Many a debate can be had on the impact of smartphone gaming in recent years. Nintendo's rough start with the 3DS and Sony's Vita woes can quite easily be attributed to higher pricing and brand confusion, but the convenience of an all-in-one device for the pocket is undoubtedly tantalising and arguably a more worthwhile investment. The App stores of major competitors in the smartphone space have been packed to the brim with support from companies the world over, yet this ironically creates a harsh developer environment that makes it very difficult to stand out, making Angry Bird success stories something of a rarity. A number of developers have begun to see this, and are making use of Nintendo and Sony's recent developer tools and App Store porting techniques to put their games on the respective console and handheld shops as well. Zordix is one such developer, and have brought an upgraded version of a snow racing game to the 3DS eShop. Is Snow Moto Racing 3D a delicious slush drink, or a killer avalanche waiting to happen?
The latest in the line of Moto Racing titles, Snow Moto Racing 3D gets the player on a snowmobile to directly duke it out with five other racers on a variety of tracks. Very few racing games need a storyline or plot to get the action going; a racer must reach finish line target - job done. As such, instant touch screen menu buttons and quick loading times get the gamer into the race before long.
Snow Moto's standard race rules are quite straightforward; three laps over a multitude of courses, all the while hitting checkpoints to keep the rider on the right track, picking up either money or boost gauge parts strewn across the track along the way, and making sure to keep ahead of the other racers. The trick system - made use of with a combination of L or R while in the air - also contributes to the boost gauge, allowing for a burst of speed with a press of a button when filled. The game has a Tutorial section in the main menu that goes into more detail on the racing mechanics, plus a good explanation on the game's controls that are simple to get the hang of, although it is a shame that it is all pages of text instead of a full in-game race tutorial like most racing games.
There are many aspects of Snow Moto Racing 3D that betray its origins, and yet also undoubtedly improves upon Dohi Entertainment's original build, too. Although the main menu feels oddly restrictive in only allowing for touch screen navigation, the actual main gameplay in races benefits tremendously from Circle Pad and physical button control over the inaccurate tilt motion and digital button presses it would have been before Zordix got its hands on the code. The visual level of the game is most definitely not one to showcase the ability of the 3DS, yet the 3D switch does bring in a new layer of depth that really makes it seem like the snow is blowing out of the screen - a worthy trade-off for the very slight frame-rate dip it makes over a normal consistent one.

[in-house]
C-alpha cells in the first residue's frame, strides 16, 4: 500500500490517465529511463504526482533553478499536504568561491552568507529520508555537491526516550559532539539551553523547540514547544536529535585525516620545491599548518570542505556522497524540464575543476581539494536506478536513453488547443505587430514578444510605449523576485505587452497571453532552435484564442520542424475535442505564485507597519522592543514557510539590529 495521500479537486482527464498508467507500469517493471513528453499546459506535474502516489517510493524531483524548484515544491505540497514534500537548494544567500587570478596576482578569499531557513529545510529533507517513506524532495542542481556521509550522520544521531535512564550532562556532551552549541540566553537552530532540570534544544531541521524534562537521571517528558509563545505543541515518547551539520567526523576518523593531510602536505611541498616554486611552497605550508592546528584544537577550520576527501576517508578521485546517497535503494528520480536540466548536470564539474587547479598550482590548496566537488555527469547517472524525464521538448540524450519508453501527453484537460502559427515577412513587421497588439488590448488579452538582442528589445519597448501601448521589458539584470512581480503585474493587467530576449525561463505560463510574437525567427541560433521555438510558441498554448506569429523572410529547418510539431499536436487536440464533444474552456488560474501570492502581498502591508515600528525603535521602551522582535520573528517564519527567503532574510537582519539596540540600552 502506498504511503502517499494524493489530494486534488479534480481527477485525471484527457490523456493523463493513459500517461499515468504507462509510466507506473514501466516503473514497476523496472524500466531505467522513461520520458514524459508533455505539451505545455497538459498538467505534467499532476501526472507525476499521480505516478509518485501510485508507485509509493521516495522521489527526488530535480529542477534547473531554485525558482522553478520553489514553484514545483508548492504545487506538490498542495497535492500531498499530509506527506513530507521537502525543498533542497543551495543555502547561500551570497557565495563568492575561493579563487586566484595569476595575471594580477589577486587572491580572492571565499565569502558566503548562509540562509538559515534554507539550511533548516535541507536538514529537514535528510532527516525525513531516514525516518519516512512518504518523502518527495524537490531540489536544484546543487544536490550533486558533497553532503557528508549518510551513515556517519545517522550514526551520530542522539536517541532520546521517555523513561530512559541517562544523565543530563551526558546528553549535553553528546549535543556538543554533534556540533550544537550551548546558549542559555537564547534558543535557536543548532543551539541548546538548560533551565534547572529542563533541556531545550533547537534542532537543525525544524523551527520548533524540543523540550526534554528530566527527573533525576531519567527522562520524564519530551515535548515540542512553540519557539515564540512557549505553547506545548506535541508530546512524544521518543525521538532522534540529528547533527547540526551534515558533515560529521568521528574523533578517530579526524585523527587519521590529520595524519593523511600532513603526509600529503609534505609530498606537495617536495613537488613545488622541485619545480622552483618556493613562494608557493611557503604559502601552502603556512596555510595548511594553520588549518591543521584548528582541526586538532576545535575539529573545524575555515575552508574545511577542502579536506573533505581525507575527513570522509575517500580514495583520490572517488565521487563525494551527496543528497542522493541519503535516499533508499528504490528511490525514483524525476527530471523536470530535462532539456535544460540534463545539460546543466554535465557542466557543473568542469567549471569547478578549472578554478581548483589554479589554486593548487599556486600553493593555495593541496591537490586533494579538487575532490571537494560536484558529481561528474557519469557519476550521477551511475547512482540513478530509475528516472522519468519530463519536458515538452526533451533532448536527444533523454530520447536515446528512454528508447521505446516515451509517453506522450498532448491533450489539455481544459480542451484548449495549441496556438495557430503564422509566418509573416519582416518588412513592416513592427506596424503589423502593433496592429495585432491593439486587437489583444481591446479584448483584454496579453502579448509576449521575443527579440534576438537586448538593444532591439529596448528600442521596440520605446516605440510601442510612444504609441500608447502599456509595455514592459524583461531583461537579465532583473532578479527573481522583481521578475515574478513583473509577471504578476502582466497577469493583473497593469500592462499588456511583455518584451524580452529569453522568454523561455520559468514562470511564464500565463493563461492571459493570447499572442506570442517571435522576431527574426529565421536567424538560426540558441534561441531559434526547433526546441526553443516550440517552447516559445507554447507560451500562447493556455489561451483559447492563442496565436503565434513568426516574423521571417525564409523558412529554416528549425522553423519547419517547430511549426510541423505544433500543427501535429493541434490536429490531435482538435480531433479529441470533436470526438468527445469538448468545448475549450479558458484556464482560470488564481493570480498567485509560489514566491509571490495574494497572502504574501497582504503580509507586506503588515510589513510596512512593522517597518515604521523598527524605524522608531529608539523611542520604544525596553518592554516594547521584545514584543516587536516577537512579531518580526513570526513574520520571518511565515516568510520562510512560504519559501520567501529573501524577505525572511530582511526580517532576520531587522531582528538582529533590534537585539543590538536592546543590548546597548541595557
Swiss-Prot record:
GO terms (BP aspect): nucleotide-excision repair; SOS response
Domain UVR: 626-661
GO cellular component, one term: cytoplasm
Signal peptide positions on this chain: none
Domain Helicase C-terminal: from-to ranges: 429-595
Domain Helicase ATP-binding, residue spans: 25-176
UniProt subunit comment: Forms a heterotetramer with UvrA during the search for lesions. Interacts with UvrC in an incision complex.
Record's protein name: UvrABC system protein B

A snowy backdrop might not lend itself well to variety for racing courses, but Zordix has done an admirable job with differentiating the many tracks - some with villages and off-the-path racing, caves and night-time illuminated paths, and twisty turns that make good use of a player's reflexes. The game has a rock-based music score, yet unfortunately doesn't vary the tracks out enough; there will be many a moment where players will wonder if the track from the previous race is still playing in the one just getting started on.
The game's single player options that consist of a Quick Race mode and a good number of Championship three-course races are relatively thin on the ground. However, they are bolstered by the Achievements that can be collected when racing, and the snowmobiles that can be purchased to use in action, either by collecting money scattered on the courses, or winning the prize loot in the Championship groups. There are also two external factors that make good use of the 3DS' abilities, as well - StreetPass and Download Multiplayer, the former exchanging best course times and rider names and the latter allowing for up to five other handheld owners to join in, culminating in what amounts to a surprisingly versatile package for an eShop title, even if online play would be highly welcomed for a game of this limited length.
Blasting around the tracks and off ramps to perform stunts feels precise and instant with the controls, providing a decent amount of challenge on higher difficulties and a good variety in snowmobiles to try out. A tried-and-tested approach to racing instead of bringing too much new to the table.
In a word, poor. The frosty setting of the game doesn't demand a higher polygon count and the physics of the racing gel well with the actual ground, but the 3DS has proven to be far more capable. 3D helps to add more substance, yet the minor frame-rate hit might deter players from using it.
A solid rock soundtrack together with occasional racer voices for authenticity, yet each track blends into the next far too well at times, making it seem like there is less than there actually is.
At the time of writing the game is at a promotional discount, and is well worth picking up for a racing enthusiast with nearby 3DS-owning friends, allowing for a quick race or two to pass the time. Justifying full price, however, albeit a few pounds more, would likely depend on a personal penchant for grabbing all Achievements in a game.
Snow Moto Racing 3D pads out the 3DS eShop by filling a void that even EA and Nintendo seem hesitant to do at the moment. It is a decent downloadable snow-based racer that offers enough bang for a fiver to excuse visual and audio difficulties. A good choice for a quick pick up and play game.